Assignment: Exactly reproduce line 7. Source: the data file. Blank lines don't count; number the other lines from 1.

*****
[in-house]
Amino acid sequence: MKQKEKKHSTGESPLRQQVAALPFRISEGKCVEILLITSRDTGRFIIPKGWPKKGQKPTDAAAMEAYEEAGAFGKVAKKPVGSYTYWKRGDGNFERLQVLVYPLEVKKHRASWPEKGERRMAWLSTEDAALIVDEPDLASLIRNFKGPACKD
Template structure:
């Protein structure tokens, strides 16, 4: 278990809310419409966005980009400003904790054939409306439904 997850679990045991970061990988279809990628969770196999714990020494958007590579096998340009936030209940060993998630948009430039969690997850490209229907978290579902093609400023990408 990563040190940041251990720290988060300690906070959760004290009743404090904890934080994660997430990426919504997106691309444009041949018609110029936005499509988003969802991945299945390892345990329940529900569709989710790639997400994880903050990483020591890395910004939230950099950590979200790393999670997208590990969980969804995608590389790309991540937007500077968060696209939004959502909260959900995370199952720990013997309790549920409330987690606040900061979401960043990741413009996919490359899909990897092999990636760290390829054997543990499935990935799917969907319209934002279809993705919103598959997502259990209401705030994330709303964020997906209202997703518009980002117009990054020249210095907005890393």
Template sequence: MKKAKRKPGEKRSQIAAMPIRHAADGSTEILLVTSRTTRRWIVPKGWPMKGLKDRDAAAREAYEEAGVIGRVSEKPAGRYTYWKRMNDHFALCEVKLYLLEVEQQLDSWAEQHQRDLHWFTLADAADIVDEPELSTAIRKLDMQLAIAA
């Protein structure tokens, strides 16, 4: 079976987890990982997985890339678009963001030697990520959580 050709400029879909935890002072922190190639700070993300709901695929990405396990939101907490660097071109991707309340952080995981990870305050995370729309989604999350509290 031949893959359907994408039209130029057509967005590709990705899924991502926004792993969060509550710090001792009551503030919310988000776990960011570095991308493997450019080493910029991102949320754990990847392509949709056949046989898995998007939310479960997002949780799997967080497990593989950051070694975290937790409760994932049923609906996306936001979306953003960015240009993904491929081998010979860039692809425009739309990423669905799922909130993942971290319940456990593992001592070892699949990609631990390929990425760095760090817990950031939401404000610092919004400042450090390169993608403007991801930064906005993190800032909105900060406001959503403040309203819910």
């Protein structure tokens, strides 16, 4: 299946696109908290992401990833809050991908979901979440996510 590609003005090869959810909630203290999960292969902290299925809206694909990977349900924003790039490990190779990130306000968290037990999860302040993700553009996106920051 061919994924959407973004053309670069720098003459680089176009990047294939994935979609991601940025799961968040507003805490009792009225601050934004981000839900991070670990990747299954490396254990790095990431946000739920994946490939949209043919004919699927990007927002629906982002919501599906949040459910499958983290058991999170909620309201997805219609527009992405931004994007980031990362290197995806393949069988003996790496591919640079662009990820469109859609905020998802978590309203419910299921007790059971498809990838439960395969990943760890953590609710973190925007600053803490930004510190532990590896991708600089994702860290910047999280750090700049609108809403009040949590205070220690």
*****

């Protein structure tokens, strides 16, 4: 299946696109908290992401990833809050991908979901979440996510 590609003005090869959810909630203290999960292969902290299925809206694909990977349900924003790039490990190779990130306000968290037990999860302040993700553009996106920051 061919994924959407973004053309670069720098003459680089176009990047294939994935979609991601940025799961968040507003805490009792009225601050934004981000839900991070670990990747299954490396254990790095990431946000739920994946490939949209043919004919699927990007927002629906982002919501599906949040459910499958983290058991999170909620309201997805219609527009992405931004994007980031990362290197995806393949069988003996790496591919640079662009990820469109859609905020998802978590309203419910299921007790059971498809990838439960395969990943760890953590609710973190925007600053803490930004510190532990590896991708600089994702860290910047999280750090700049609108809403009040949590205070220690």